Friday, April 24, 2009

How often should you train?

A trainer at my gym approached me today and asked me how often I trained. I said 5 times per week, he said "wow, that's a lot". I wonder why, since I consider 3 low volume strength sessions and two medium length interval sessions to be normal for someone who has an average level of physical fitness. How many times really means nothing. What you do is what matters most.

It's hard to say how often one should train, because outside the physiological adaptations, we have many neurological and psychological factors that come into play. I jokingly say that the amount of training is judged very much like the amount of wine you can have, you know when you've had enough to feel good and when you've had too much, because inevitably, you'll have a symptom pointing you in the right direction.

If you are the average person who works out to look and feel better and maybe lose a couple of pounds, you can work out as little as twice per week. Three times per week is excellent, if you work your whole body each time. As soon as you reach 4 strength training sessions, you would have to choose to focus on lower or upper body or choose between different movement patterns, since you would be overworking your whole body if you trained it each of those 4 times.

If you are looking to lose extra fat, doing your energy system training, including body weight circuits, complexes and intervals, can be done on two or three extra days separate from your strength training days.

With women, training should be very well dosed, since oftentimes we tend to do too much, then have raging appetites in answer to the hard efforts in the gym, which ultimately sabotages our fat loss goals. Shorter duration (<45 min) workouts, heavier supersets of compound movements and short aerobic workouts work best in combination with a sound calorie reduced diet.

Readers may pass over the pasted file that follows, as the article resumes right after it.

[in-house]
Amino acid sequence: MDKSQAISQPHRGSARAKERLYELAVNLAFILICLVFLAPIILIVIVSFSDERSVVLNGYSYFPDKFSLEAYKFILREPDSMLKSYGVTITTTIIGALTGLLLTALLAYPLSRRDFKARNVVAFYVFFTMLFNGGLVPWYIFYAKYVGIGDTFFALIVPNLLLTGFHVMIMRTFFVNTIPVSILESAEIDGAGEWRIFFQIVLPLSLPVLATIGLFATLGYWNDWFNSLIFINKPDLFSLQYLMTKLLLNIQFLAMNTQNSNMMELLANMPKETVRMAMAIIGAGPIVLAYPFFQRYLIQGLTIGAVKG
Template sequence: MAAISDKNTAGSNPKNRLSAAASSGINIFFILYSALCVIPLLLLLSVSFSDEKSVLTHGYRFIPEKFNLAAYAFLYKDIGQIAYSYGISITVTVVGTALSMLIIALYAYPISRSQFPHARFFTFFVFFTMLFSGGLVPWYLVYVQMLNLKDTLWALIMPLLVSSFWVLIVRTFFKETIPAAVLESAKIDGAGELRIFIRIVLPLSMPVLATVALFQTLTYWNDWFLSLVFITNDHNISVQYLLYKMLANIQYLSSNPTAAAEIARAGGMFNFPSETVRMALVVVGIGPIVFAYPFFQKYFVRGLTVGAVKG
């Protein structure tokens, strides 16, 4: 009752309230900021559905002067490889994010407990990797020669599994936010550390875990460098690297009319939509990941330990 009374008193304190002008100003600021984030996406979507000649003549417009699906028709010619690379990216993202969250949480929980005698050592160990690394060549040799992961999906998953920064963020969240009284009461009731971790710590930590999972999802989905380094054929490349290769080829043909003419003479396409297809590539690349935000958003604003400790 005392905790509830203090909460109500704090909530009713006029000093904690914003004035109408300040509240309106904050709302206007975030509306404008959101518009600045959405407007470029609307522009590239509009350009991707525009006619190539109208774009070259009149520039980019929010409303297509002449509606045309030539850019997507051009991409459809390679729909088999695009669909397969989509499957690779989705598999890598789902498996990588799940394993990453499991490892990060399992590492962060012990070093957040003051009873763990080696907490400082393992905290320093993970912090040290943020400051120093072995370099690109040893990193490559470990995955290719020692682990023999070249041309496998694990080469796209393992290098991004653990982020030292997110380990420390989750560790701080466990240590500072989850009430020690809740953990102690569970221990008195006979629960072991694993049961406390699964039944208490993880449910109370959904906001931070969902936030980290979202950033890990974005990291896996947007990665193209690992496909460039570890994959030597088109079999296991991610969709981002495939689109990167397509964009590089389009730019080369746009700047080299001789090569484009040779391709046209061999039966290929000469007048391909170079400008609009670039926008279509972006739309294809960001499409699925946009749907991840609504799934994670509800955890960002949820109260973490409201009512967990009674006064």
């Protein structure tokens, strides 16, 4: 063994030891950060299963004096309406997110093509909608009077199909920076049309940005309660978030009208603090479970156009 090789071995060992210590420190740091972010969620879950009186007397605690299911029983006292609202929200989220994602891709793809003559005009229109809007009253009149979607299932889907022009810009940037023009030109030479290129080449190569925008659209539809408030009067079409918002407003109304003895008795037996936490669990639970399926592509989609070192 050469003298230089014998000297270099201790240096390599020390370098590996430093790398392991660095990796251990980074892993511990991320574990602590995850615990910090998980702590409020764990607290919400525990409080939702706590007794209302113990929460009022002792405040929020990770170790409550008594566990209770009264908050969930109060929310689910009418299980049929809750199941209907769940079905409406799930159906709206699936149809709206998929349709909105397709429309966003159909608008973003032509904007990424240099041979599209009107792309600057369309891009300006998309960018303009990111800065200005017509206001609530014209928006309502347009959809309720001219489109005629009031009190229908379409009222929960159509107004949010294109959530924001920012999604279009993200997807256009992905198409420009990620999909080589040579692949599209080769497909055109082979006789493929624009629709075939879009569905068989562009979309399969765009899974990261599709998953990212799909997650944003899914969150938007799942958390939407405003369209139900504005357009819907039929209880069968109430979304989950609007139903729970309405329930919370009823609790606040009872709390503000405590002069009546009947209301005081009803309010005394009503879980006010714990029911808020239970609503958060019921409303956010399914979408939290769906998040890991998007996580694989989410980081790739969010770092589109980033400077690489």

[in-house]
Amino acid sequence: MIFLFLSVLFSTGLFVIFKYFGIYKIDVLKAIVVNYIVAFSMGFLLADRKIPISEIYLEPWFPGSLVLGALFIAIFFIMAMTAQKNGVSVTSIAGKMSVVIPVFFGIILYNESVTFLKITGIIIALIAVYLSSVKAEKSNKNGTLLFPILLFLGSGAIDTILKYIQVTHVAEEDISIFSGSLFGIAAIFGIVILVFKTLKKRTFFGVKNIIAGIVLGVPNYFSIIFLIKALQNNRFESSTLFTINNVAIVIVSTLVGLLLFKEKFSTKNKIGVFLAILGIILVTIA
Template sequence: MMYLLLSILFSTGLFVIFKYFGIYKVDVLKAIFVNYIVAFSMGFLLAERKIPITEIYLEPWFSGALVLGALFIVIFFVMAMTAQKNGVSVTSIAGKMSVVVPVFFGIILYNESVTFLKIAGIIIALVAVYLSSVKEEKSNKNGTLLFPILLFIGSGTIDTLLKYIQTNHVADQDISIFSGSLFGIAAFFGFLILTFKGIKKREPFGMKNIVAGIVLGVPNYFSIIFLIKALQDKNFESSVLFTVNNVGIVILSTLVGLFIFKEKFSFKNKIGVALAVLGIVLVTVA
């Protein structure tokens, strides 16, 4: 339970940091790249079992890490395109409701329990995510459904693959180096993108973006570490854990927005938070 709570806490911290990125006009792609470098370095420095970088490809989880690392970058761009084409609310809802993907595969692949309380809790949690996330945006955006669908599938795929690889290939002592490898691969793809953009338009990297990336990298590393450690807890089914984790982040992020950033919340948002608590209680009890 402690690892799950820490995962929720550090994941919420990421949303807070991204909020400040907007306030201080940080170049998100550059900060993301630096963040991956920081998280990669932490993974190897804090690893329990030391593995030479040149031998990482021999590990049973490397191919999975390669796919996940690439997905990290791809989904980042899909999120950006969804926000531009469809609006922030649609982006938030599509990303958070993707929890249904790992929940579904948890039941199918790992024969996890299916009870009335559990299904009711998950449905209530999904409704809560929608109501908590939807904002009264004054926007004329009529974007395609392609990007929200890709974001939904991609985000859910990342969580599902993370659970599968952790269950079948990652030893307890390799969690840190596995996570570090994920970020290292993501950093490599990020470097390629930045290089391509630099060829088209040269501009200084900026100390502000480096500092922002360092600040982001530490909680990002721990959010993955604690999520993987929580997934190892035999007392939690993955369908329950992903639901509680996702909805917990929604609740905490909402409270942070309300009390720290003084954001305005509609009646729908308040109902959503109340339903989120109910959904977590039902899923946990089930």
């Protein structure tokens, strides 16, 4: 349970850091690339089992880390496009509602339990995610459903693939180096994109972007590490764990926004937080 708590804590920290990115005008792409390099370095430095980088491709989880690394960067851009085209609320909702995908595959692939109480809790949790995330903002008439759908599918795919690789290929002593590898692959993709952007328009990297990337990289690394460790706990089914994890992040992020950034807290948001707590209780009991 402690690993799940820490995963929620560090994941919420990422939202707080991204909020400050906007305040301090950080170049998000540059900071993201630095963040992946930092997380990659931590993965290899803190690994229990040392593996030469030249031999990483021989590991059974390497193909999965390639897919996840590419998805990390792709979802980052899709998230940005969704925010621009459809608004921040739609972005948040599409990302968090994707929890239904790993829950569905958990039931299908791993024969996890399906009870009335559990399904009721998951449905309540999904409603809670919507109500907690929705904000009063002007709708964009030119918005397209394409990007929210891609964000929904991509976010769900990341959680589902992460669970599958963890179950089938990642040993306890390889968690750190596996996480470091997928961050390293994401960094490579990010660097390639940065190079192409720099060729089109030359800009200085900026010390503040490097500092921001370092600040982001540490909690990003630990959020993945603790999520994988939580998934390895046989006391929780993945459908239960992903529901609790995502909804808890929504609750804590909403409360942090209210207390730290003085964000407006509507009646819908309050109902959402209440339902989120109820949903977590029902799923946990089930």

Frequency should be recorded together with the other variables in your workouts: exercise type, sets, reps, tempo and energy level before and after workouts. Since overtraining is reserved for more serious athletes, the best way to know you have overtaxed your system is lack of desire to train, looking for excuses to avoid the gym and loss of general strength. If you choose appropriate and challenging exercises that you switch around every few weeks you should be able to gain strength in most of them, if not, you may be doing too much or resting too little.

I've had my own coach for a while now and one thing I noticed is that we do less volume and less frequency than I ever did before, yet it's so much easier to stick to a diet and get good and lasting results, both in functionality and strength and body composition.

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